I once has an ‘unconcious’ lad in a pub I was running. I simply poked him in the eye and he woke instantly.

      • PPS
        May 19, 2011 at 2:40 pm

        What did you poke him with?

        • Chuckles
          May 19, 2011 at 4:33 pm

          Facebook probably?

  2. David
    May 19, 2011 at 9:53 am

    What these fake charities understand clearly is that teachers wont be able to squeeze in all these add-ons, so what schools have to to do is pay for people to come into schools to teach these extra activities. Bingo – more pocket money for charities and the self perpetuation goes on.

  3. May 19, 2011 at 10:02 am

    Actually, basic first aid is a useful thing to know – just the basic stuff such as breathing, airways, circulation. Those things that make the difference in the first few minutes.

    Of course, those of us of a certain age will recall having done these things with the scouts and guides…

  4. May 19, 2011 at 10:08 am

    How about resuscitating education? Kids could be taught all about pressure groups – how to identify and ignore them as a necessary part of intellectual freedom. Freedom? Doh!

    • May 19, 2011 at 10:16 am


      • May 19, 2011 at 10:34 am


  5. May 19, 2011 at 10:21 am

    Having myself had a heart attack while out walking, and having recently to deal with the sudden collapse of an elderly relative while shopping, I have rather more sympathy with the idea.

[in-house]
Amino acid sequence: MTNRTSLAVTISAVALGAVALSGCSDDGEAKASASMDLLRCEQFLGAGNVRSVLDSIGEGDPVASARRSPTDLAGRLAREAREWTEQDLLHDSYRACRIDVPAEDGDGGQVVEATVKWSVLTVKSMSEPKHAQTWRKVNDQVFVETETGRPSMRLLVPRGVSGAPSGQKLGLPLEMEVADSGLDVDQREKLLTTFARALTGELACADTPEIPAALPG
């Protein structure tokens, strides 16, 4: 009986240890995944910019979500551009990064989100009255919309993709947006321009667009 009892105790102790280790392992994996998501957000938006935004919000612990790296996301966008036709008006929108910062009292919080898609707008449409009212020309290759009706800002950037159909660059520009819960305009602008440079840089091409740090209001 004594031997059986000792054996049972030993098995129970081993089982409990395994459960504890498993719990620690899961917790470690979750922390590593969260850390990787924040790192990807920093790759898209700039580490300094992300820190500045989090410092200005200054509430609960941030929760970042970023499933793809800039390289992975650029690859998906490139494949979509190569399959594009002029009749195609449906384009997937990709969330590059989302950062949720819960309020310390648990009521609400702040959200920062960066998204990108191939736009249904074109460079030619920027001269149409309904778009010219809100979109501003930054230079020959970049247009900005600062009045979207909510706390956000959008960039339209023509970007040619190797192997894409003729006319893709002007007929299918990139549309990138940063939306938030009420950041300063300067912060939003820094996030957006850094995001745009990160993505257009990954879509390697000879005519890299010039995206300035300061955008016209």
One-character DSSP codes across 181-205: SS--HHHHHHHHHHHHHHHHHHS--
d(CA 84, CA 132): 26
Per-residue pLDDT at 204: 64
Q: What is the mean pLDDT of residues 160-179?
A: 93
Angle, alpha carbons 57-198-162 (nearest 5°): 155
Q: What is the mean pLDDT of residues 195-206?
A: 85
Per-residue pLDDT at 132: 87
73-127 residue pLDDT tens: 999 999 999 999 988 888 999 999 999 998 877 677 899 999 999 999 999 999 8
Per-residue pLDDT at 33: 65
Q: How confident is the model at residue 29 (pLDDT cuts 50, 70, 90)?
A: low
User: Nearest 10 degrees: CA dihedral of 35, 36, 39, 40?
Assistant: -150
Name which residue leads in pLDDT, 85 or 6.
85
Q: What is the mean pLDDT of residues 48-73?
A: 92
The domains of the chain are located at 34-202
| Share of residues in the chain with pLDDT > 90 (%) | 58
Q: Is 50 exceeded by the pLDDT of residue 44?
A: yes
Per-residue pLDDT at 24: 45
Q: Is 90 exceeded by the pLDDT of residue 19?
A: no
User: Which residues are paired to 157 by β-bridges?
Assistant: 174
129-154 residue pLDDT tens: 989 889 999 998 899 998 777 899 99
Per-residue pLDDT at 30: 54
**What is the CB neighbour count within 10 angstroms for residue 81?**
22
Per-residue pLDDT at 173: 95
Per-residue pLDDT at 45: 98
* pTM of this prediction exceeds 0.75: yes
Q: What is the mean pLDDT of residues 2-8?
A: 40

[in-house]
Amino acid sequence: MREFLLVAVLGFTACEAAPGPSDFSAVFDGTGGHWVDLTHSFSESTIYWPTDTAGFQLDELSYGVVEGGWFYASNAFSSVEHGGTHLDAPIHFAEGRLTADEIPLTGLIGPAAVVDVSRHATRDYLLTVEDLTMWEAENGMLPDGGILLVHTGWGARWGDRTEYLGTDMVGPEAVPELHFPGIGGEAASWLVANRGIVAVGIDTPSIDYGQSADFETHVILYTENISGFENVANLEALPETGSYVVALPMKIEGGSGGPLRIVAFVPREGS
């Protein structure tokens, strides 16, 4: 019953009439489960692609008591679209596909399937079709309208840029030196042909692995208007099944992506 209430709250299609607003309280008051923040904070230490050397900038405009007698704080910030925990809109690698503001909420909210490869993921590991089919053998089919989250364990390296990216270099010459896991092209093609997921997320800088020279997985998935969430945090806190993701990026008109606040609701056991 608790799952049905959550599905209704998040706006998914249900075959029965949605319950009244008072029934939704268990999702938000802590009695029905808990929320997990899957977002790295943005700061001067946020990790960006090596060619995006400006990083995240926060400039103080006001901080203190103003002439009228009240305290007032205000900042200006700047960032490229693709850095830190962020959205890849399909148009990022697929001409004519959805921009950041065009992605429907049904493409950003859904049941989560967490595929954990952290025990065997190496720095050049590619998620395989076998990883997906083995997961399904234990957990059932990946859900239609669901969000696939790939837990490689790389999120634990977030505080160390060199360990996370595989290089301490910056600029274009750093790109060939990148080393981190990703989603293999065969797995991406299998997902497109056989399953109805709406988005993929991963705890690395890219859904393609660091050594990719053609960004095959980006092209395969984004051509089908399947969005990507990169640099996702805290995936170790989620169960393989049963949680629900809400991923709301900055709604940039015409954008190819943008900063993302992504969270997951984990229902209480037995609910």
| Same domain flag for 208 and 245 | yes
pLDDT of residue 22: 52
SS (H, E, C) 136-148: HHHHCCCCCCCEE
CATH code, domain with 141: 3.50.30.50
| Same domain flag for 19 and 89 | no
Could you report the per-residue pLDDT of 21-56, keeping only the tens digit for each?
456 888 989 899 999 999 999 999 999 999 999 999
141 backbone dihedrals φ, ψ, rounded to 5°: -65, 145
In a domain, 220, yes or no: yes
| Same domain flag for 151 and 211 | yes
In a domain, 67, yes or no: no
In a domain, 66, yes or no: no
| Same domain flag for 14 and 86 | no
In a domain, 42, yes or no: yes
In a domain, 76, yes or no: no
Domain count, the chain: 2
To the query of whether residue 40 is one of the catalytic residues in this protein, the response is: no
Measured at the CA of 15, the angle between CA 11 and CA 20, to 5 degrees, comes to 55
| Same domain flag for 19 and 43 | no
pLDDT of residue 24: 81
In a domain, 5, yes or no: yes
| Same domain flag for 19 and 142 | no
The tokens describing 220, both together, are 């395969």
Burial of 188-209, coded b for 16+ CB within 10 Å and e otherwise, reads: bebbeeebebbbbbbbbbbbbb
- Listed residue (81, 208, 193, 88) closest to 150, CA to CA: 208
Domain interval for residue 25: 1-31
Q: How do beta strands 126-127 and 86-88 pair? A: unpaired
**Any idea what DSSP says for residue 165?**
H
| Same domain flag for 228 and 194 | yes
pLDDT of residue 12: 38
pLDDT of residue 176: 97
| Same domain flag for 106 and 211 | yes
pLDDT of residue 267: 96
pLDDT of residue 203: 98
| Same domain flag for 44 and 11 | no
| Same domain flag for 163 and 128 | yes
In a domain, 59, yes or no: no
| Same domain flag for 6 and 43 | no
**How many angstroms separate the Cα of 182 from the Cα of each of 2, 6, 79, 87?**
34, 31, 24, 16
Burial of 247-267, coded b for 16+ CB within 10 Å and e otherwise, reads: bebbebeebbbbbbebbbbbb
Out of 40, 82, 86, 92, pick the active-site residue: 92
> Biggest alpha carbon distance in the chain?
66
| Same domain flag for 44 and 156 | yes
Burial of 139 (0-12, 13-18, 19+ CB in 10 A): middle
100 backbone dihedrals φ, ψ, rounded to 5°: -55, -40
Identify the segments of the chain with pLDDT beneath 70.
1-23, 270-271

In my younger days I was a member of St John’s Ambulance, and although well out of date with modern techniques I at least retain a fair idea of significant dos and don’ts.
    Seems to me very basic lifesaving techniques are considerably more important that most of the indoctrination that they spend so much time on currently.

    • May 19, 2011 at 6:13 pm

      Oh, I think they’re very valuable. But they shouldn’t be forced on unwilling participants, as part of the school curriculum.

      • May 20, 2011 at 12:51 am

        But look at the school curriculum, there is so much time wasted in schools on citizen programming that cutting it out should leave room for all key skills, and a couple of hours of basic lifesaving spread over 5 years shouldn’t be a problem. I suggest it’s more use than, for example, learning how to put a condom on a banana. I know of no women who have ever been made pregnant by a banana, do you? They are not noted for their sperm count 🙂